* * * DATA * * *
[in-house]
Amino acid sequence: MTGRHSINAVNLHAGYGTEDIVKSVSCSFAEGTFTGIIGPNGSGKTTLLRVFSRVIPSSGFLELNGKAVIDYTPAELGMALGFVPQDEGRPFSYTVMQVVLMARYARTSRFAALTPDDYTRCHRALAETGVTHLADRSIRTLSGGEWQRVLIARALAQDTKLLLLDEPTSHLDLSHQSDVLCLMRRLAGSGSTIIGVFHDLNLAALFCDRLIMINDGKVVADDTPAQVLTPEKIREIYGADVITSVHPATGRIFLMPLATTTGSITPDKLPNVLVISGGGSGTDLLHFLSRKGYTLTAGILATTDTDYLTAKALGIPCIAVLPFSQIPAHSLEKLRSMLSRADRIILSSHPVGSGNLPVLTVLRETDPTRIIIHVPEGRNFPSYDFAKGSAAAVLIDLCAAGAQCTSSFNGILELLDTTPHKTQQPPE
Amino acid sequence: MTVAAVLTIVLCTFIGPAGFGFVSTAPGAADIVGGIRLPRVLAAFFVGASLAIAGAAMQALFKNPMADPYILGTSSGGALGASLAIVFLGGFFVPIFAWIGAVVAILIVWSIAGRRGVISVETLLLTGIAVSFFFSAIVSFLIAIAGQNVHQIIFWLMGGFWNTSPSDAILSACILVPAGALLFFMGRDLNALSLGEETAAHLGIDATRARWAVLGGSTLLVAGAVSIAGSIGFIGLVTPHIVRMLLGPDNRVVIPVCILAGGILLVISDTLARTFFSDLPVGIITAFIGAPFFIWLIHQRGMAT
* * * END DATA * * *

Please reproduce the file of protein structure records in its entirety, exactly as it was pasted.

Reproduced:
[in-house]
Amino acid sequence: MTGRHSINAVNLHAGYGTEDIVKSVSCSFAEGTFTGIIGPNGSGKTTLLRVFSRVIPSSGFLELNGKAVIDYTPAELGMALGFVPQDEGRPFSYTVMQVVLMARYARTSRFAALTPDDYTRCHRALAETGVTHLADRSIRTLSGGEWQRVLIARALAQDTKLLLLDEPTSHLDLSHQSDVLCLMRRLAGSGSTIIGVFHDLNLAALFCDRLIMINDGKVVADDTPAQVLTPEKIREIYGADVITSVHPATGRIFLMPLATTTGSITPDKLPNVLVISGGGSGTDLLHFLSRKGYTLTAGILATTDTDYLTAKALGIPCIAVLPFSQIPAHSLEKLRSMLSRADRIILSSHPVGSGNLPVLTVLRETDPTRIIIHVPEGRNFPSYDFAKGSAAAVLIDLCAAGAQCTSSFNGILELLDTTPHKTQQPPE
Amino acid sequence: MTVAAVLTIVLCTFIGPAGFGFVSTAPGAADIVGGIRLPRVLAAFFVGASLAIAGAAMQALFKNPMADPYILGTSSGGALGASLAIVFLGGFFVPIFAWIGAVVAILIVWSIAGRRGVISVETLLLTGIAVSFFFSAIVSFLIAIAGQNVHQIIFWLMGGFWNTSPSDAILSACILVPAGALLFFMGRDLNALSLGEETAAHLGIDATRARWAVLGGSTLLVAGAVSIAGSIGFIGLVTPHIVRMLLGPDNRVVIPVCILAGGILLVISDTLARTFFSDLPVGIITAFIGAPFFIWLIHQRGMAT